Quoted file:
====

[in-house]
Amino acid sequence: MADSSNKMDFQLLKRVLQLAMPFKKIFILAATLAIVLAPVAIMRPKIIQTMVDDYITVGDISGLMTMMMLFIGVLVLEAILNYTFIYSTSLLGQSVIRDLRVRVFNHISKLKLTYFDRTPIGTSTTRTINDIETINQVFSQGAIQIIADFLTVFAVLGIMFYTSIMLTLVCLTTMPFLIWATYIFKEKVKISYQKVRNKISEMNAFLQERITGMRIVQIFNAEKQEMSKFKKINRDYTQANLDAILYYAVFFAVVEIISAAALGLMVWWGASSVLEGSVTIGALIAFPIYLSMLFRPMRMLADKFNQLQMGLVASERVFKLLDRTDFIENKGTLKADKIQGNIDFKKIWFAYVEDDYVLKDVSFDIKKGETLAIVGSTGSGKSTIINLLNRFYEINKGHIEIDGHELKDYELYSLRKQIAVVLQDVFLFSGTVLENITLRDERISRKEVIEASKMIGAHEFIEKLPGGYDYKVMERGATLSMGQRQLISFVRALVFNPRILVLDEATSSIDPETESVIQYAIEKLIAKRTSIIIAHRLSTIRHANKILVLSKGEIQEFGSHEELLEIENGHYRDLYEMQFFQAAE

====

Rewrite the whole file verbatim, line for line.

[in-house]
Amino acid sequence: MADSSNKMDFQLLKRVLQLAMPFKKIFILAATLAIVLAPVAIMRPKIIQTMVDDYITVGDISGLMTMMMLFIGVLVLEAILNYTFIYSTSLLGQSVIRDLRVRVFNHISKLKLTYFDRTPIGTSTTRTINDIETINQVFSQGAIQIIADFLTVFAVLGIMFYTSIMLTLVCLTTMPFLIWATYIFKEKVKISYQKVRNKISEMNAFLQERITGMRIVQIFNAEKQEMSKFKKINRDYTQANLDAILYYAVFFAVVEIISAAALGLMVWWGASSVLEGSVTIGALIAFPIYLSMLFRPMRMLADKFNQLQMGLVASERVFKLLDRTDFIENKGTLKADKIQGNIDFKKIWFAYVEDDYVLKDVSFDIKKGETLAIVGSTGSGKSTIINLLNRFYEINKGHIEIDGHELKDYELYSLRKQIAVVLQDVFLFSGTVLENITLRDERISRKEVIEASKMIGAHEFIEKLPGGYDYKVMERGATLSMGQRQLISFVRALVFNPRILVLDEATSSIDPETESVIQYAIEKLIAKRTSIIIAHRLSTIRHANKILVLSKGEIQEFGSHEELLEIENGHYRDLYEMQFFQAAE